Evangelicalism: The New Social Gospel

I grew up evangelical. I was, at one time, a teenage “Jesus Freak” who found the pinnacle of worship and highest expression of my faith to be loudly bellowing DCTalk’s lyrics from my bedroom. Now I’m not really sure what I am. I’d like to perhaps call myself post-evangelical. I’m certainly post-denominational. I agree with a lot of what is being said within the missional conversation. Yet I also abhor labels and so try to avoid lumping myself in with a group. It saves me being judged by someone on what someone else has said, just because I’ve self-identified as X. But I digress…

As I grew up I often heard ominous warnings about the social gospel and the religious left. Generally, these warnings included the important point that the proponents of the Social Gospel had traded the true gospel (faith in Jesus) for a false one (help others and bring about God’s Kingdom on earth). I, being a child at the time, made sure to heed these warnings of apostasy. I regarded with suspicion those who would think to take on left wing ideals like, you know, helping the poor. To be fair, the issue was never with helping the poor but rather with making said helping into a political issue. Here we come to the crux of the matter. Politics had intervened in the church. Suddenly Christians were being divided along political lines. Some disagreed with this, and for good reason I think – the church should not fight with itself because some are Democrats and some Republicans. Many others disagreed with this because it would have challenged them to vote for a Democrat. This was seen, in the circles I walked, as unprudent at best and deserving of downright damnation at worst. One major criticism of the religious left being that they had allied themselves with the Democrats to accomplish certain things without regard for some of the negative things for which the Democrat party stood. That is to say, they tended to vote “liberal” because their focus on helping others seemed to line up with the political left.

Now, let’s fast forward to the present. A week doesn’t go by when I don’t hear about some Evangelical leader making a statement on at least one political issue. Most recently there have been rumblings surrounding the issue of global warming (I basically agree with what Scot McKnight has said on the subject) . Normally these Evangelical leaders also encourage people to vote Republican, and their ideas tend to be Republican. So, I asked myself last week – what separates the Evangelical Church from the thing they used to warn against? I’m about to generalize.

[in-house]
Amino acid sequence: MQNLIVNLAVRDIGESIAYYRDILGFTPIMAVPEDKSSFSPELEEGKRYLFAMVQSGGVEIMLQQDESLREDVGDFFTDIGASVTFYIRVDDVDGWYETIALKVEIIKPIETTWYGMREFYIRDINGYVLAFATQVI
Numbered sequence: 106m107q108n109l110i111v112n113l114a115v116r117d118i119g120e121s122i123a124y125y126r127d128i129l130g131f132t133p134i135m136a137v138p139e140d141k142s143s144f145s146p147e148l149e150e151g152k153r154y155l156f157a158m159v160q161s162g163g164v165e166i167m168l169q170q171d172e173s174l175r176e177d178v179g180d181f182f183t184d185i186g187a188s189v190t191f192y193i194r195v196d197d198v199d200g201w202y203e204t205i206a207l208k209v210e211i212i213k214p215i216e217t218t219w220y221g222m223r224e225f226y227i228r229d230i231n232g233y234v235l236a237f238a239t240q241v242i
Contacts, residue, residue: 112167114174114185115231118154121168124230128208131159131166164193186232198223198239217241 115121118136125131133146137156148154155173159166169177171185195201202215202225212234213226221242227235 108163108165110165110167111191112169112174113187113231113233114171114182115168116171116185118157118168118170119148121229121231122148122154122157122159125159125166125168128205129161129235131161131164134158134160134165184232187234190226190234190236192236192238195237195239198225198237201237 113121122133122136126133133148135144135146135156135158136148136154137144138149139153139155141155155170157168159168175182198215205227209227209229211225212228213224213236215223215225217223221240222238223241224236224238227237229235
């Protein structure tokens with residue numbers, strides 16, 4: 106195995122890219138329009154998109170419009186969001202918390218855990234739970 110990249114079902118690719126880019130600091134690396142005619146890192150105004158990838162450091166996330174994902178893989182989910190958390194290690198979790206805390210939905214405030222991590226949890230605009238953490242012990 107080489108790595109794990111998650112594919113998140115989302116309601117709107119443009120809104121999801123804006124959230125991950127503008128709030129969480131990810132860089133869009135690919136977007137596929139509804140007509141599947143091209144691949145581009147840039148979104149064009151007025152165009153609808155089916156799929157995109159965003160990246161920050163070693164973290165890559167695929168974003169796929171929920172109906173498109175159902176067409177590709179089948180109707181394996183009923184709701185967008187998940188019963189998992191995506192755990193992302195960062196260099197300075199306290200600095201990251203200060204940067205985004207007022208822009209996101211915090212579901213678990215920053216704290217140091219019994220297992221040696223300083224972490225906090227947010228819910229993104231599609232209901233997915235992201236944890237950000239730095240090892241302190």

Evangelicals are known more for their stance on political issues than for their love of God or their love of others. I know people who, when they say “evangelical” are referring to a voting block. Normally this said reference is spoken with disdain because of their feeling that said voting block ignores all issues that may directly or indirectly influence evil in the world while focusing solely on the “moral high ground” issues, such as a abortion. Does anyone else see something wrong with this picture? It seems to me that the Evangelical church has forgotten to be, you know, evangelical and has instead opted to be political. They tend to vote “conservative” and expect others who label themselves Evangelical to agree with their political stances. The church has a mission – to make disciples. I think we also have a means of doing that – by loving God and others. Evangelism is not protesting a law. It is living like Christ and introducing other people to him. My concern is that I often see more political campaigning among Evangelicals than I see love of others. I often hear more impassioned speeches from Evangelicals about global warming or the importance of America having a strong military than about loving others and serving them in Jesus’ name.

I think the Evangelical church has taken on many of the aspects that they were critical of in the Social Gospel movement. The Religious Right has become, in many ways, a mirror image of the Religious Left – with little to separate them other than their party affiliation. They now espouse their own kind of social gospel, one that says the church must take the moral high ground and bring American society “back to God.” They desire for American society to become righteous via legislation. They equate the Gospel of Jesus with voting a specific way, or with wanting Intelligent Design taught in schools, or with a certain stance on the ethics of just war. Lest someone assume that I am only critical of the right, I also think that those churches who spend more time talking about electing democrats than talking about loving others are skewed and in need of balance.

Perhaps, to some extent, both right and left use their political involvement as an excuse not to be involved in doing the work themselves. The mentality goes something like this, because I campaigned for a candidate who is going to get more money for the poor I don’t have to go and volunteer at the soup kitchen myself. Alternatively, because I voted for a candidate who is pro-life I don’t need to go out of my way to help and show love to a young woman who has become pregnant and has no way to support herself or her unborn child. How one voted, or ones political ideas, become – in some ways – a badge of honor worn by Christians to shield themselves from the responsibility of being Christian. Jesus summed up the entirety of the Torah in a single statement “love God and love others.” Nothing absolves us from that responsibility.


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